What Future for the Oceans?


Oceans, which move in deep connected currents over nearly three- quarters of the globe, have historically been slow to exhibit change. Altered oceanic conditions have often been measured in centuries, not decades. More recently, however, oceans have begun to undergo an accelerated transformation that has caught most people, even in this scientific age, unaware and unprepared.

Some changes hold particular dangers for those who live within 50 miles of a coastline-already nearly two-thirds of the world's population and expected to reach three-quarters by 2025. Other changes, if unchecked, could adversely affect all human and animal life on the planet. Among the most problematic of these developments are rising temperatures and water levels, unprecedented damage to coral reefs, disappearing salt-marsh and mangrove swamps, a sharp decline in fish stocks, and rising levels of pollution.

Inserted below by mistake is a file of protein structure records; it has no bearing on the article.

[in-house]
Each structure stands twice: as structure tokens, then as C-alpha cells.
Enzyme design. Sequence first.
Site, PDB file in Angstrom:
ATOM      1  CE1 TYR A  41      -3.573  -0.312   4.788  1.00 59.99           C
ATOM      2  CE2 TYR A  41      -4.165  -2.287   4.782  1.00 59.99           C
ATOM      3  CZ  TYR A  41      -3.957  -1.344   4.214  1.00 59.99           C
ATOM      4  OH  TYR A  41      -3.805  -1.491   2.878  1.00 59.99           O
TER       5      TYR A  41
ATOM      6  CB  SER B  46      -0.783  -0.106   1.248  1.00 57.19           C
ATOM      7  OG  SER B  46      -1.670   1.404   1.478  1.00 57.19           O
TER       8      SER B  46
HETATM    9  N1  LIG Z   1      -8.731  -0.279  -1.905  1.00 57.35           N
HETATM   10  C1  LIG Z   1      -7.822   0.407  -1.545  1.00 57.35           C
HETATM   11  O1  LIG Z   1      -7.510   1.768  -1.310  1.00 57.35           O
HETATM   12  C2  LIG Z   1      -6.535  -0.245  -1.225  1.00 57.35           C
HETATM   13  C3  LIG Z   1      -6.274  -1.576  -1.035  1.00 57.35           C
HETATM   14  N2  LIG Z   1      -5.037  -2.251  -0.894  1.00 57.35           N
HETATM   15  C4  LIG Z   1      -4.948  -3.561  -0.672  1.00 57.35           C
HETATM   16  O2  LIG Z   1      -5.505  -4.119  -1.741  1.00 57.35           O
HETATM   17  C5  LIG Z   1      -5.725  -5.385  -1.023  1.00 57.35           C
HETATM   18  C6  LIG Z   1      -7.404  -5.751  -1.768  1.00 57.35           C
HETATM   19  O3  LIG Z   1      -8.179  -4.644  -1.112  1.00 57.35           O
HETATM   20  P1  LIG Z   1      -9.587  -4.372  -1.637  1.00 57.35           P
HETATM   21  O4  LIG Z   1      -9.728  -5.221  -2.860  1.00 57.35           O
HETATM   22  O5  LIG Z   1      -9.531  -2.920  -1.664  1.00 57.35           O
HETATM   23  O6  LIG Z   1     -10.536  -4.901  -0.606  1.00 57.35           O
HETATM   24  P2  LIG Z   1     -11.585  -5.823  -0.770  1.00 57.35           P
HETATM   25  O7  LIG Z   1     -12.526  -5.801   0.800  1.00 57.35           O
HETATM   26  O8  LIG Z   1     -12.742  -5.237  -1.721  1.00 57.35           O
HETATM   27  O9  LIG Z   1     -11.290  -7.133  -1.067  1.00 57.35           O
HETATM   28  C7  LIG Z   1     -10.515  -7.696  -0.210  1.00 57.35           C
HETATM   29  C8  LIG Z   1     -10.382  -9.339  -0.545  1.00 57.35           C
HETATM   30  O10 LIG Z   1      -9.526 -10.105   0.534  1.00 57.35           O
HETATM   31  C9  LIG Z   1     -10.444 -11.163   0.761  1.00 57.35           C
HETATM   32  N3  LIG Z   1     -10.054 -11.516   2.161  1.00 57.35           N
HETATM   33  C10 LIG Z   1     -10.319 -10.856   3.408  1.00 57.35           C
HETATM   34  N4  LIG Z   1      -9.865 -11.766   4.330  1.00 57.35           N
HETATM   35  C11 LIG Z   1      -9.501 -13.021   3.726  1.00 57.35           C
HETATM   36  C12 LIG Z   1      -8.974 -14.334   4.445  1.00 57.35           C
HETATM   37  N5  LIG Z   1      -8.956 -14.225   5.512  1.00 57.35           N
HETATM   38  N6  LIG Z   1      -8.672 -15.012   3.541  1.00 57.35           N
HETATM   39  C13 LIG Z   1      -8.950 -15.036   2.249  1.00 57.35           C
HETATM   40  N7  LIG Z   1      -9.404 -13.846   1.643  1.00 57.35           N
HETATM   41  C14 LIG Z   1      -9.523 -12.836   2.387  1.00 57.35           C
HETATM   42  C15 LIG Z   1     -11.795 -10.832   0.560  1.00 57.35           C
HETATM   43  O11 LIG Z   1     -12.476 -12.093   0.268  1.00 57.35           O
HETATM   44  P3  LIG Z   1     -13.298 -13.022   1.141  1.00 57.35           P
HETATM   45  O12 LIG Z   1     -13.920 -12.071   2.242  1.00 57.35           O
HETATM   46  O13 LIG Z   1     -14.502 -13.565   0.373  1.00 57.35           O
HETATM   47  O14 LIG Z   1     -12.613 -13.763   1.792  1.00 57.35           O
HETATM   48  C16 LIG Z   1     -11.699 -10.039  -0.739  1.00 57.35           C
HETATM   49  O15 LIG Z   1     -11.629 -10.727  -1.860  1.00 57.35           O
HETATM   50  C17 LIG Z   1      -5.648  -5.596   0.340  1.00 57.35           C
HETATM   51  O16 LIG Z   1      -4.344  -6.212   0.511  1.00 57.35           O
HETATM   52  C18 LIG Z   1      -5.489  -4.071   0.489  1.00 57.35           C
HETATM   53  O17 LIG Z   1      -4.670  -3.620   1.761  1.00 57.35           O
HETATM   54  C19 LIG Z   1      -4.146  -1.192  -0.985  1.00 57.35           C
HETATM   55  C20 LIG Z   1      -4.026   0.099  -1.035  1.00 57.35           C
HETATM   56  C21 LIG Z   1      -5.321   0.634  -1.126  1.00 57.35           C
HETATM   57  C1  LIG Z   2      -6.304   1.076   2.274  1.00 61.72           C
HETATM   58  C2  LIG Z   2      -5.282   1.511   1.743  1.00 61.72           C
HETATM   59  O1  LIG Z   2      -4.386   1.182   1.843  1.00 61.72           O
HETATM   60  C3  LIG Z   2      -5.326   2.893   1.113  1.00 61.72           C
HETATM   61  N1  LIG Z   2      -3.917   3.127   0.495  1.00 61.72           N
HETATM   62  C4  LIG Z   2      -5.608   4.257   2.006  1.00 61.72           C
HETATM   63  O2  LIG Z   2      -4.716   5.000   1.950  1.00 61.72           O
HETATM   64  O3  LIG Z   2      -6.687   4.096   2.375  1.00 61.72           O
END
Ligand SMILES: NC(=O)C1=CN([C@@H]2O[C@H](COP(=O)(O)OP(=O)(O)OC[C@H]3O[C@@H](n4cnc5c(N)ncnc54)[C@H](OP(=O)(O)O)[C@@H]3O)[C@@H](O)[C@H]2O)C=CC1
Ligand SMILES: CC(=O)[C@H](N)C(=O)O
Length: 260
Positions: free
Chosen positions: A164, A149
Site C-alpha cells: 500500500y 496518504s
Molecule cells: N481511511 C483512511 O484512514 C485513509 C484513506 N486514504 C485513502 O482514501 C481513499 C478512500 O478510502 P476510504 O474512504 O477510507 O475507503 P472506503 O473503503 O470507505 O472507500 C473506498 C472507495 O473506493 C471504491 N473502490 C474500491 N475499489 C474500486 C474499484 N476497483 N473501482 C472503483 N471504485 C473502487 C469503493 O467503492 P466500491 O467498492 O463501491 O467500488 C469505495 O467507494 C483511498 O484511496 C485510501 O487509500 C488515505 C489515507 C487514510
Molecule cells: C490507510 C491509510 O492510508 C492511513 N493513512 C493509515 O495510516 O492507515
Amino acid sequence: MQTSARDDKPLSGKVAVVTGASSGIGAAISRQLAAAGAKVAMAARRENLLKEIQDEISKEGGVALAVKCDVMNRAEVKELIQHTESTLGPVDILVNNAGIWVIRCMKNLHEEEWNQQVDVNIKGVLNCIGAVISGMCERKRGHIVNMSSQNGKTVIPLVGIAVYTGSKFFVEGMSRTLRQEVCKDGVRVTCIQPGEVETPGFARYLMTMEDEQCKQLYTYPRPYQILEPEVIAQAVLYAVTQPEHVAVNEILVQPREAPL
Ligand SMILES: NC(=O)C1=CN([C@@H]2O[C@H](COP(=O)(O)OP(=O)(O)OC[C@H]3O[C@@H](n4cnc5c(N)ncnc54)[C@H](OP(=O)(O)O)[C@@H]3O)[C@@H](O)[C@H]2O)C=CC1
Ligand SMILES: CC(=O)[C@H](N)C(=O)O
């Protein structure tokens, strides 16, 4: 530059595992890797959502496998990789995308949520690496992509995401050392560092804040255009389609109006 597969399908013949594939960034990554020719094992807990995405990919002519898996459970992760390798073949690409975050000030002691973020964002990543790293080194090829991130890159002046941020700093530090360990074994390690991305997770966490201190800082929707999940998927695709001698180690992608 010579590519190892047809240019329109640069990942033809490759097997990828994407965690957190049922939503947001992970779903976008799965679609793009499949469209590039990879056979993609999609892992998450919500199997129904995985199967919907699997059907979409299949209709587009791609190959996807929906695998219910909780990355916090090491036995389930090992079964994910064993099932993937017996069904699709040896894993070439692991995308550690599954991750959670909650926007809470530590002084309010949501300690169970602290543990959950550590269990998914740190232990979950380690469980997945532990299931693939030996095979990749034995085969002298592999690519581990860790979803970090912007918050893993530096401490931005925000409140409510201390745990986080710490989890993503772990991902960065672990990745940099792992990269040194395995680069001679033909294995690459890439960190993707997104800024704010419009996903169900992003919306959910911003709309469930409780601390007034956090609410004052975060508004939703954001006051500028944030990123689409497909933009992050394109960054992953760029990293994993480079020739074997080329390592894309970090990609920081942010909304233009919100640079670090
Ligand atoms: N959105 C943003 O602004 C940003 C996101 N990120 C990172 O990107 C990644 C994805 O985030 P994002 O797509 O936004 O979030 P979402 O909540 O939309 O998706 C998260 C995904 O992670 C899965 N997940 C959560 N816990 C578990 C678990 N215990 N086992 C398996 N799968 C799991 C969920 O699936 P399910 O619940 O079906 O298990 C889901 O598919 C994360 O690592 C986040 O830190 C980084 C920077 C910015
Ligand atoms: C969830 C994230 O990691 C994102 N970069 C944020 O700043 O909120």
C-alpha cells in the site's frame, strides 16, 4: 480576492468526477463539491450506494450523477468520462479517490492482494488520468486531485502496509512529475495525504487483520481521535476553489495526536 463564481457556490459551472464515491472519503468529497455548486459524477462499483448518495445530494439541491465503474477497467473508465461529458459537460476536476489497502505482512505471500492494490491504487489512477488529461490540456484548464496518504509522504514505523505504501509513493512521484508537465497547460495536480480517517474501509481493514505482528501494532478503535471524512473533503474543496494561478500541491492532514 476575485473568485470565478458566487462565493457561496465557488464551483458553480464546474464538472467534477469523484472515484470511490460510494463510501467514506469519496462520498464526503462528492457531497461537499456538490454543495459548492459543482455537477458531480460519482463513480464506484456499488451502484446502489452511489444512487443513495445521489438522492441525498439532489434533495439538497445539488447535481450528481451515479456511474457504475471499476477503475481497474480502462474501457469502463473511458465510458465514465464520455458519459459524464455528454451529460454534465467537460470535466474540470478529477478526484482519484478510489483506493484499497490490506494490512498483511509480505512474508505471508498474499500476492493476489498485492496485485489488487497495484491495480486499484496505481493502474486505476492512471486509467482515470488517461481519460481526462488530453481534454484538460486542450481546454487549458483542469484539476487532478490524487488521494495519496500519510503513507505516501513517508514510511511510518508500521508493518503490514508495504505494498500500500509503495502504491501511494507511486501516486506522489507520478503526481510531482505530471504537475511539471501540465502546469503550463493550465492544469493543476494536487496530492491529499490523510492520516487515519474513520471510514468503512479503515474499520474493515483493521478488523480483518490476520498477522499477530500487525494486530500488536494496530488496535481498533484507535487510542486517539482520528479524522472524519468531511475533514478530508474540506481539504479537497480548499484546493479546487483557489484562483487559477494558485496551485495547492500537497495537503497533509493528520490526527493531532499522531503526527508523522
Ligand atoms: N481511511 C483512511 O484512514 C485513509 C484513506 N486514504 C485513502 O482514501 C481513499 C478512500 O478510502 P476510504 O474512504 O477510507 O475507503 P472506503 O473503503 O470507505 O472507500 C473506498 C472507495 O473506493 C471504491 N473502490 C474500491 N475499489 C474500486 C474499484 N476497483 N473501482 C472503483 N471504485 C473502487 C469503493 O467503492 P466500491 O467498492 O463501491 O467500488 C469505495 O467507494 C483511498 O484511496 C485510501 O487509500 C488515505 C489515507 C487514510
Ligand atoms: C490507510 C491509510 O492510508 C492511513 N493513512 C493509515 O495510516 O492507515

Thirty years ago the international community was just beginning to worry about the dual effects of technological change and population growth on the biosphere. Oceans were on the agenda at the 1972 UN Conference on the Human Environment, held in Stockholm. At that time, however, a growing dispute over restrictions on free navigation and ownership of the oceans' resources was already stalling progress and cooperation. It took another ten years for the countries of the world to arrive at the 1982 UN Convention on the Law of the Sea, which enshrined both the principles of a global approach to ocean problems and the rights to oceanic resources in nothing less than a "constitution for the oceans." The convention's interactive set of commitments holds benefits for and is binding on all of the 142 countries-plus the European Union-that have since ratified it. Yet in spite of this international pledge to the oceans' future, today there is growing cause for concern.

Both the adverse trends and the potential of newly discovered resources have received scant public note and, until recently, woefully insufficient attention from U.S. policymakers. In fact, the United States and Canada, alone among the major industrialized and coastal states, have

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